Learn from My Mistakes: You Must Work Exceptionally Hard to Deliver Clarity in Your Communication

By May 18, 2023 June 6th, 2023 Learning From Mistakes

Last Updated on June 6, 2023 by Dave Schoenbeck

Before starting my business coaching practice, I was a senior retail operations executive for large companies.  I traveled weekly to visit our stores, meet, and talk to our store leaders.  In every store, I spent 30 minutes or more enthusiastically explaining our company goals & objectives and how the store team could and should contribute to our company goals by executing the plans at their store.  Frequently, I would say to myself, “Dave, you did a good job being clear and urgent” through my little speech.  Then to test the management team’s understanding, I would ask….” Tell me what you thought was the most important ideas I shared.” I was shocked that they rarely mentioned my #1 challenge.  This taught me that communication is the response I received, not what I had said so brilliantly.  My store teams were motivated and talented people.  So what went wrong?  I suspect they were on a different channel, and I did not consider their state of mind, priorities, and filter system.  This experience also taught me that it was critical to reinforce key issues repetitively and in their language.  I still believe I could only be marginally successful in communicating until I was sick of repeating my message.

Lessons are repeated until they’re understood.  For example, you can tell a first-time business owner not to rework the marketing campaign every 30 days, but until they do it and find a reduced customer engagement, they may not learn.  Essentially, sometimes you have to learn lessons the hard way.  Clarity in communication, reflective listening, and the ability to look internally to do better externally is crucial.

Read on to learn the importance of effective business communication in daily interactions.

Three business people are trying to communicate using an old telephone experiment

Clearness in Communication

Start with business assessment tools to see where you have gaps and skills.  This may provide insight into how you think and work through problems.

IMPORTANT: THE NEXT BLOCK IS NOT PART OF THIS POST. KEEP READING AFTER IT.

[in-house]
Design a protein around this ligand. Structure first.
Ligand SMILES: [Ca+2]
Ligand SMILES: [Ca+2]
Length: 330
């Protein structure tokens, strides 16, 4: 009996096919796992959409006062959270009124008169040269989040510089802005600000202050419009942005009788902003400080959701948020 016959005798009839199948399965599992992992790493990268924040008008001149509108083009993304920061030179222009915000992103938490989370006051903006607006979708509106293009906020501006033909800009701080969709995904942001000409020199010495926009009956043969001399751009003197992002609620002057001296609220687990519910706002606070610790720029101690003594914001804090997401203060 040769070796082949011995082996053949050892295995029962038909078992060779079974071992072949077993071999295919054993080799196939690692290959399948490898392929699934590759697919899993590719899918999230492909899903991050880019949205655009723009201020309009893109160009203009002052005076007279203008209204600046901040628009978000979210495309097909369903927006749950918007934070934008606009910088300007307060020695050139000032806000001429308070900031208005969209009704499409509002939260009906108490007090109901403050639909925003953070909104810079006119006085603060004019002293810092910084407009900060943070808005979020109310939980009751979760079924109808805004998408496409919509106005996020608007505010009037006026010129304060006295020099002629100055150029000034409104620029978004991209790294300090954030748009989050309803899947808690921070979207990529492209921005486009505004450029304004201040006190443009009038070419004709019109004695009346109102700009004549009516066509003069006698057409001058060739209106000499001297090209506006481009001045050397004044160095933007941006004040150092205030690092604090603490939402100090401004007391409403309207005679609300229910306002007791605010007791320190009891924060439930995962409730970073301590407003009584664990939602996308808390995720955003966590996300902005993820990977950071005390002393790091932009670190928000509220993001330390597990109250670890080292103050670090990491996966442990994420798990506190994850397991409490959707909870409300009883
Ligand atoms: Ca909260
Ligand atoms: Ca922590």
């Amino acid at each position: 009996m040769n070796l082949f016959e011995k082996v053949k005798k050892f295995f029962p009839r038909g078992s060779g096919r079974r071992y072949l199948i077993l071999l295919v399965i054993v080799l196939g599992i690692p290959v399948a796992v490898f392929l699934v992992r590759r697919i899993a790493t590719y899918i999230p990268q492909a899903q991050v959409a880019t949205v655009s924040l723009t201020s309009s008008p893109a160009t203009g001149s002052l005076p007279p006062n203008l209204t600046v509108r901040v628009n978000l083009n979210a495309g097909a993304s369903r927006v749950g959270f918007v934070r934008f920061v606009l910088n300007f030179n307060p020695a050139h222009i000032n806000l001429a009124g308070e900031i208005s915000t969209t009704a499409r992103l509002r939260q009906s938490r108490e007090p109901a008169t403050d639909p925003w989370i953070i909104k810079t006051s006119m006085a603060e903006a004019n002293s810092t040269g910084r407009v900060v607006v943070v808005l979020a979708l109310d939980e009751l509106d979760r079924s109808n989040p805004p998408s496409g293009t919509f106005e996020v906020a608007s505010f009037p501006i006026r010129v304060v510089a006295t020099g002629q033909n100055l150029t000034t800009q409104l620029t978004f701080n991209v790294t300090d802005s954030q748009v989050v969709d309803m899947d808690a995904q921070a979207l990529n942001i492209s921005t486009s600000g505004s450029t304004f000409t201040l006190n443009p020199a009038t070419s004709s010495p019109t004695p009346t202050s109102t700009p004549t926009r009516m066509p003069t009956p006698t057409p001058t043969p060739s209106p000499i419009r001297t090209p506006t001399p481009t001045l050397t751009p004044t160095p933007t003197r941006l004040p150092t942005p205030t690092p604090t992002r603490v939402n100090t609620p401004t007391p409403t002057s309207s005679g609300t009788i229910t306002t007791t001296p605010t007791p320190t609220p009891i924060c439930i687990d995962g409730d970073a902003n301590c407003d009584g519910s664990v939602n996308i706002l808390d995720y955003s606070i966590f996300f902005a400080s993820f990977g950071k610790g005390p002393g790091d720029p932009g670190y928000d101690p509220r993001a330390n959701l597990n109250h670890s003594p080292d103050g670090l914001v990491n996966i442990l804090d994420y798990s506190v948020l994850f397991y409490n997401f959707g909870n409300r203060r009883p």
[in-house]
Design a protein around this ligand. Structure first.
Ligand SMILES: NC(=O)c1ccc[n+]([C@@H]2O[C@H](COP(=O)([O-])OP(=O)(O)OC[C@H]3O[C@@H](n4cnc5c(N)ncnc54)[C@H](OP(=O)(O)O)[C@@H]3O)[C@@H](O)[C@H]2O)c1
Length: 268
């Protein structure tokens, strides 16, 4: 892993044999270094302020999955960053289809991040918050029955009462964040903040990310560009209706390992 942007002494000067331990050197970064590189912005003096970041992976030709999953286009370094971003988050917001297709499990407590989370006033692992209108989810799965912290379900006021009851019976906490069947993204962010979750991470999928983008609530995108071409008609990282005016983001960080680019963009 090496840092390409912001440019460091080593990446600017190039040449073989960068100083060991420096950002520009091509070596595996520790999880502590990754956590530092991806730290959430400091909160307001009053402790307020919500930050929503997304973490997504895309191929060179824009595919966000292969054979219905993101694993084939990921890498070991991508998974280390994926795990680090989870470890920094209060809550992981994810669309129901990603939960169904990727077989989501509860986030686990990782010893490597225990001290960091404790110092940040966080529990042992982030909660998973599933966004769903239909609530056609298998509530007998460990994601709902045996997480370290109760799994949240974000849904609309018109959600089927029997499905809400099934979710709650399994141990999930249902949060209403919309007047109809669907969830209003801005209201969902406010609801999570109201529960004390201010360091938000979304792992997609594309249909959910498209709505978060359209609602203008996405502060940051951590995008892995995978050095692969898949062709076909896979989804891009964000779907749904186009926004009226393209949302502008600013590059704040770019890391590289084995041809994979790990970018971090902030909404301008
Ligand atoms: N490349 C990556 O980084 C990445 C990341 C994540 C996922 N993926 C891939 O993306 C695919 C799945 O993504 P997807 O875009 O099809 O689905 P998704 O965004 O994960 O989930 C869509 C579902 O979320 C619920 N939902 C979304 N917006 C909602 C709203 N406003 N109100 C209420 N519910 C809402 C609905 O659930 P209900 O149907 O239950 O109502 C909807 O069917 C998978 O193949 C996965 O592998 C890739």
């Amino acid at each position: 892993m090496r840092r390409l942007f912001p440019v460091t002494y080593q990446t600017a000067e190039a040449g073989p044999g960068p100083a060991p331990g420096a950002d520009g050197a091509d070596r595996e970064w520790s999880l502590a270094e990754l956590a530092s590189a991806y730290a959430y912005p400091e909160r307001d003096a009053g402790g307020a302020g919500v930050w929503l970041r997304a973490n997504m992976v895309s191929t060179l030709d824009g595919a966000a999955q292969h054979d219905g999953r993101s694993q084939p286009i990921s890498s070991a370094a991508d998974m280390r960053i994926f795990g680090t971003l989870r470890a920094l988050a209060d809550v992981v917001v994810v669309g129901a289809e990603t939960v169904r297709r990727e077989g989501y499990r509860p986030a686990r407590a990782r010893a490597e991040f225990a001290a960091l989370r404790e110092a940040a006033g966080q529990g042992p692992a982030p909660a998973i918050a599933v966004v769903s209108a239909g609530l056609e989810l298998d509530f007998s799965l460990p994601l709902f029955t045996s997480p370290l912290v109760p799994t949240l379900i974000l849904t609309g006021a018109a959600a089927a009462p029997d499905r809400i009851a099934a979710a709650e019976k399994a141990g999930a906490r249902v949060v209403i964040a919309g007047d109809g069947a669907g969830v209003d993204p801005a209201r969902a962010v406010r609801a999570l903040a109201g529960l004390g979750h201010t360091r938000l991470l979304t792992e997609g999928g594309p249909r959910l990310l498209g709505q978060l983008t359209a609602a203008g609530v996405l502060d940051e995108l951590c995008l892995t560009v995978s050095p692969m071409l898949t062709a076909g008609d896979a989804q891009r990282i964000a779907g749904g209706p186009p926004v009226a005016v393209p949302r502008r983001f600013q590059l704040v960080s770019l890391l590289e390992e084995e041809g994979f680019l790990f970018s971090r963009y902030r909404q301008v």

Good communication bridges confusion and clarity, so become clear about your capabilities.

Clarity of communication starts with active listening and ends with thoughtful responses.  So, beyond the choice of words and explanations, listen to the tone and context, and determine why it’s shared.

Active Listening Skills

Leadership is about more than speaking; it’s also about active listening.  Here are a few steps to follow and why they are essential.

  1. Undivided attention – Don’t let your phone, thoughts, or other distractions come between you and the person you’re listening to.
  2. Body language – Eye contact, body direction, and gestures contribute to effective speaking and listening.
  3. Withhold judgment – Maintain an open mind and listen without bias — you might glean incredible information.
  4. Seek clarity – Ask questions if something sounds awry or you cannot remember the finer points.
  5. Restate what you hear – Repeating what you hear lets the speaker know what is stuck and what is missing.
  6. ReshareShare your insights as the conversation unfolds, but only after you fully understand what is shared.

Active listening is an essential leadership skill that requires being open-minded while listening and absorbing.

Reflective listening is even more powerful in building trust.  Doing this requires two steps.  First, seek to understand a speaker’s idea, then repeat the idea back to the speaker to show you’ve understood.  From there, you can build onto the conversation with mutual respect.  They feel heard and understood, and you are engaged in the discussion.  Active listening skills are more accessible to practice than reflective listening, but reflective builds on active. 

Words and Actions in Leadership

Words and actions must align — and even the physical activities while communicating.  It is said more than 70% of communication is non-verbal.  Yet, true leaders can command a room with their presence and capture the audience’s minds with their oratory skills.

If you are building mutual understanding, you’re more likely to have effective communication and progress.  Conversely, misunderstandings often lead to delays, disgruntled teams, and a hostile workplace.

When you have clarity of communication, you are one step closer to resolving any problems that come through the doors.  Everyone is on the same page and can move together as one unit rather than multiple factions.

Are you frustrated that your team doesn’t communicate effectively?  Click here, and let’s meet on a video call to work on the effectiveness of your communication.

Coach Dave

Dave Schoenbeck
Follow Dave